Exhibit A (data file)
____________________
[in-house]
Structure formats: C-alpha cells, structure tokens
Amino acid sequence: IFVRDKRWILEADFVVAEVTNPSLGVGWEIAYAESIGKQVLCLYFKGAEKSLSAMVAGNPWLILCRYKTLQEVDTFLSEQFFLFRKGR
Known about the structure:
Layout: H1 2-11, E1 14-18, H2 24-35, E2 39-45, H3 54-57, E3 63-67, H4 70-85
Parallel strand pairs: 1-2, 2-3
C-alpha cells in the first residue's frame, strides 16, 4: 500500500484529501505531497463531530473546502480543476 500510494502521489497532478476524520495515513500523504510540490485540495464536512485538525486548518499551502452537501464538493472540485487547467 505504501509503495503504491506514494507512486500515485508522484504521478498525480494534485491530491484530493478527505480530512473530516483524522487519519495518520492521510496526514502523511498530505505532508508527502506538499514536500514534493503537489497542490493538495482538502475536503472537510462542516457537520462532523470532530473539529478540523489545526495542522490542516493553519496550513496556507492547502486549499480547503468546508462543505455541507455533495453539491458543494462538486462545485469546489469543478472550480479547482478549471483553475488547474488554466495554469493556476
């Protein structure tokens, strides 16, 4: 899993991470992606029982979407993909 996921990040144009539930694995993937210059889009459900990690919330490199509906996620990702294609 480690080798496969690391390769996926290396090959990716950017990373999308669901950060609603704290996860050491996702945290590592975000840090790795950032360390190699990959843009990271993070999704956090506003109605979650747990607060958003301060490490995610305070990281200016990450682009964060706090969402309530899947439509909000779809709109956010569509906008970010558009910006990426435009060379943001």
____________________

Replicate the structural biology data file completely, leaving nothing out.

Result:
[in-house]
Structure formats: C-alpha cells, structure tokens
Amino acid sequence: IFVRDKRWILEADFVVAEVTNPSLGVGWEIAYAESIGKQVLCLYFKGAEKSLSAMVAGNPWLILCRYKTLQEVDTFLSEQFFLFRKGR
Known about the structure:
Layout: H1 2-11, E1 14-18, H2 24-35, E2 39-45, H3 54-57, E3 63-67, H4 70-85
Parallel strand pairs: 1-2, 2-3
C-alpha cells in the first residue's frame, strides 16, 4: 500500500484529501505531497463531530473546502480543476 500510494502521489497532478476524520495515513500523504510540490485540495464536512485538525486548518499551502452537501464538493472540485487547467 505504501509503495503504491506514494507512486500515485508522484504521478498525480494534485491530491484530493478527505480530512473530516483524522487519519495518520492521510496526514502523511498530505505532508508527502506538499514536500514534493503537489497542490493538495482538502475536503472537510462542516457537520462532523470532530473539529478540523489545526495542522490542516493553519496550513496556507492547502486549499480547503468546508462543505455541507455533495453539491458543494462538486462545485469546489469543478472550480479547482478549471483553475488547474488554466495554469493556476
């Protein structure tokens, strides 16, 4: 899993991470992606029982979407993909 996921990040144009539930694995993937210059889009459900990690919330490199509906996620990702294609 480690080798496969690391390769996926290396090959990716950017990373999308669901950060609603704290996860050491996702945290590592975000840090790795950032360390190699990959843009990271993070999704956090506003109605979650747990607060958003301060490490995610305070990281200016990450682009964060706090969402309530899947439509909000779809709109956010569509906008970010558009910006990426435009060379943001």